The Importance of the Coming-of-Age Novel

The transitions from child to teenager and teenager to adult are full of triumphs and struggles.

black-and-white photo of teenagers dancing
Barbara Alper / Getty

When Judy Blume began writing books about young people decades ago, the category of “young-adult books” didn’t exist. But she didn’t shy away from controversial topics—periods, sex, race, religion—in her stories about “kids on the cusp” of teenhood and adulthood. Instead, her work spoke to the realities of adolescence that some adults avoid, so much so that fans sent Blume letters about their own lives. She forever changed what a coming-of-age novel could be, Amy Weiss-Meyer demonstrates in her profile of Blume. In the years since the publication of such staples as Are You There God? It’s Me, Margaret and Forever ..., books about adolescents have continued to push boundaries, and their commitment to reality is insightful for both juvenile readers seeking to find their place in the world and older ones reflecting on growing up.

As an adult, the writer Shauna Miller read Stone Butch Blues by Leslie Feinberg when she fell in love with a butch woman. The book follows Jess, who finds her place in the lesbian community of Buffalo, New York, after dropping out of high school, and her exploration of gender and sexuality in the years that follow. For Miller, Jess’s story demonstrated that butch masculinity can be soft, even romantic, in ways she didn’t realize as a teenager. Ajo Kawir, the teenage protagonist of Eka Kurniawan’s Vengeance Is Mine, All Others Pay Cash, also struggles with his nascent urges: He is unable to get an erection after witnessing a traumatic event, which alienates him from other boys his age. These almost-men deal with their overflowing emotions, both positive and negative, through fighting. Kurniawan’s novel provides nuance to what might just look, from the outside, like useless performances of aggression.

And, in perhaps a bit of the spirit of Judy Blume, many contemporary coming-of-age novels highlight the experiences of young women and the fraught dynamics of teenage girlhood. The group of girls at the center of The Lucky Ones by Julianne Pachico contend first with “epic” birthday parties and then, over time, with the lasting consequences of war and tense class dynamics in Colombia. In The Fever, the author Megan Abbott explores the reverberations of a mass hysteria, harkening back to the madness of the Salem witch trials with the added complexity of a suburban-high-school environment and the pacing of her previous noir fiction. Even when youthful characters are figuring things out, even when they do not yet feel like adults, or do not feel whole, their stories can still prompt older audiences to wonder about their own identities, and recall the futures they imagined for themselves when they were on the cusp.

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What We’re Reading

Woman in magenta top and black capri pants standing barefoot on beach with cloudy blue sky behind

Erika Larsen for The Atlantic

We still need Judy Blume

“Today’s 12-year-olds have the entire internet at their disposal; they hardly need novels to learn about puberty and sex. But kids are still kids, trying to figure out who they are and what they believe in. They’re getting bullied, breaking up, making best friends. They are looking around, as kids always have, for adults who get it.”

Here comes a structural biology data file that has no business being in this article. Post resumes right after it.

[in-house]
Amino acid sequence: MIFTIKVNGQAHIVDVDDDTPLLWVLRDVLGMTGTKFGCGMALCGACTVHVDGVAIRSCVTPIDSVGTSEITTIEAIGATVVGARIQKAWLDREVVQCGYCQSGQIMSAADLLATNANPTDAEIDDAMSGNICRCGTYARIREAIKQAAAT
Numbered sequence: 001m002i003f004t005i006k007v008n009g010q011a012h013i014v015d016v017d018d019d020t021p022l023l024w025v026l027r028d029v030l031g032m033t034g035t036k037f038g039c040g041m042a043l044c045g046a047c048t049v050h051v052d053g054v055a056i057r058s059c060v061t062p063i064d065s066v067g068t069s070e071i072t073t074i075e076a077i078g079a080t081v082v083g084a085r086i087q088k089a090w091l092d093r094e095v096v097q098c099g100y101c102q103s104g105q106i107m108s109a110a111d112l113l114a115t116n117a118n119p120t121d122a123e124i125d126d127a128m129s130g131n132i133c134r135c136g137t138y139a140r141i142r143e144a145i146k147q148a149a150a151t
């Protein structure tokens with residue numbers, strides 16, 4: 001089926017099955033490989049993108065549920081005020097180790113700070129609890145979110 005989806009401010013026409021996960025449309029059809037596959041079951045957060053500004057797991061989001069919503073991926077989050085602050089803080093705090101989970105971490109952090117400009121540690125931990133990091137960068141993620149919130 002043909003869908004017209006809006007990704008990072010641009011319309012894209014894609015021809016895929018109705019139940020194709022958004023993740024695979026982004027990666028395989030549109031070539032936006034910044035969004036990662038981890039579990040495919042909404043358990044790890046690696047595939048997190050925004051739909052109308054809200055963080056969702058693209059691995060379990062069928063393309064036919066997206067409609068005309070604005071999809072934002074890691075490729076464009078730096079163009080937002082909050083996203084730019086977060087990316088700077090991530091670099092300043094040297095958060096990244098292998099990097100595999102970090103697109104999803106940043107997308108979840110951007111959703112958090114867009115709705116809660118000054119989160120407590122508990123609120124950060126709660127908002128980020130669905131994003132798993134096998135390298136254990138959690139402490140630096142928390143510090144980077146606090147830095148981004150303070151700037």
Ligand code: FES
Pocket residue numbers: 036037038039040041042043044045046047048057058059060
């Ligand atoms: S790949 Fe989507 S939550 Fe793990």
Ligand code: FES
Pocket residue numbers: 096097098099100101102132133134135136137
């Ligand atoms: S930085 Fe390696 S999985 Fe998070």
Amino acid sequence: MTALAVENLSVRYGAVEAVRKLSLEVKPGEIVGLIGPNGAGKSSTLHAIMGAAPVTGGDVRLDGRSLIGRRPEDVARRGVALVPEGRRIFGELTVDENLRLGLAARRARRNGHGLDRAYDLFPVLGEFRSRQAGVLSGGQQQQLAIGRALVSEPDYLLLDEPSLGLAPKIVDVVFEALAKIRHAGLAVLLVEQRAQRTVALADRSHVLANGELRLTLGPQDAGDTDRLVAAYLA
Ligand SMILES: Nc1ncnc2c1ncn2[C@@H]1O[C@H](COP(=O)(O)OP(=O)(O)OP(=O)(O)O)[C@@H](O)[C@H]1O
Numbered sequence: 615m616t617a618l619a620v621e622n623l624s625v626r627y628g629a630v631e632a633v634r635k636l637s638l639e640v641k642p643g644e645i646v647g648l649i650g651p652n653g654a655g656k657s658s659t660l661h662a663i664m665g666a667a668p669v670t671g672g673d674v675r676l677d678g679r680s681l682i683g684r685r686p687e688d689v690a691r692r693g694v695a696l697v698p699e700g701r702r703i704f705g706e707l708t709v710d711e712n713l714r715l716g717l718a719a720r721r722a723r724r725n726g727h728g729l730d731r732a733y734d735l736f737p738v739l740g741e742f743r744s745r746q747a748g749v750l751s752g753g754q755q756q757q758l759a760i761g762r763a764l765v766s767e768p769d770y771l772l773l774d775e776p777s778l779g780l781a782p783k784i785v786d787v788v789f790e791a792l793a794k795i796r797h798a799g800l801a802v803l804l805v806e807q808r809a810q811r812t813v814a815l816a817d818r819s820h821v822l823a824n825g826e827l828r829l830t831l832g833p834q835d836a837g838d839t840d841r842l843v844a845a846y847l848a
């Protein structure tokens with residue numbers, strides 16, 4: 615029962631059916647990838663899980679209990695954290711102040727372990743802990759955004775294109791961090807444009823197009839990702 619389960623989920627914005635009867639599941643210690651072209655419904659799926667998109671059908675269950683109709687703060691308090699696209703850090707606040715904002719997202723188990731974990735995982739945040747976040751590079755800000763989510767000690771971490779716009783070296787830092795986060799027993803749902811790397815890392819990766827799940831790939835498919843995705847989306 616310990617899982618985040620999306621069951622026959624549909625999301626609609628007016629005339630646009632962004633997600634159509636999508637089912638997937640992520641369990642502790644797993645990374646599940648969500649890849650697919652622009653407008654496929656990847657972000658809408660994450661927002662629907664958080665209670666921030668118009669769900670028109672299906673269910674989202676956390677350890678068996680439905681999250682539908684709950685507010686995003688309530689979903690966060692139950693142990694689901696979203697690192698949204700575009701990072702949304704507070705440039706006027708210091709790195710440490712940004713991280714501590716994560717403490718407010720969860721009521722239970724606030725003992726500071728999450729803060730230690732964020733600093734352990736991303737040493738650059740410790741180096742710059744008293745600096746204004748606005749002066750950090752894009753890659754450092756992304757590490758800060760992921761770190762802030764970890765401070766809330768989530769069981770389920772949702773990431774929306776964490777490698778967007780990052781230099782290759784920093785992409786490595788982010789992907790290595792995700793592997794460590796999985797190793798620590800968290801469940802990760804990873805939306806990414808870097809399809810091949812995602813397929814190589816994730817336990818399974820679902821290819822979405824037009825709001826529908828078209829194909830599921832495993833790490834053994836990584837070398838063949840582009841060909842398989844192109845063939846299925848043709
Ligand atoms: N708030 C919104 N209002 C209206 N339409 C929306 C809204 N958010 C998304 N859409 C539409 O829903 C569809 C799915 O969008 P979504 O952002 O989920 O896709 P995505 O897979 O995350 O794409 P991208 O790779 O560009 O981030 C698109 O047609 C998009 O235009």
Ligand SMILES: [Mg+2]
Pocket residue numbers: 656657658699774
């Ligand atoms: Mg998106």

selfie of leslie feinberg on the street

Leslie Feinberg

The importance of Leslie Feinberg

“Jess’s identity is so much more than her appearance. It’s more than her choice to work in a male-dominated factory world. It’s more than those simple and severely punished offenses against both womanhood and manhood. It’s more than the fistfights with other butches as a desperate attempt at intimacy, more than disappointing her great love, Theresa, with her emotional and intimate distance. By the end of this book, butch identity comes from letting love’s light trickle through a crack in the armor.”

Silhouettes of boys lifting weights

Beawiharta / Reuters

Eka Kurniawan’s darkly comic tale of boyhood

Vengeance isn’t trying to show the fights’ beauty for beauty’s sake, but to illustrate how a boy might find them beautiful—freeing, wild, their own form of political identity and coalesced power, a way to not have control and be okay with that.”

silhouettes of a girl braiding another girl's hair

Ajay Verma / Reuters

The Lucky Ones is no ordinary coming-of-age novel

“‘Lucky’ is a relative term. Growing up, whether the girls like it or not, means coming into uneasy proximity with a conflict that wears on, claiming family and friends and teachers. The vocabulary of war becomes the vocabulary of everyday life—and vice versa.”

cover of 'the fever' by megan abbott

Little, Brown and Company

Writing of rage and the teenage girl

“Abbott threads The Fever with fear: that first loves are ephemeral, that friendships are frail, that the integrity of family and community are questionable at best. She is perhaps best known for her early period noir fiction, and here draws upon the hardboiled tradition in style and pacing, starting multiple fires throughout the novel—a mysterious ritual, sexual awakenings, parental strife, internecine high school social quarrels—each to be dealt with in turn.”

About us: This week’s newsletter is written by Elise Hannum. The book she’s reading next is Piranesi, by Susanna Clarke.

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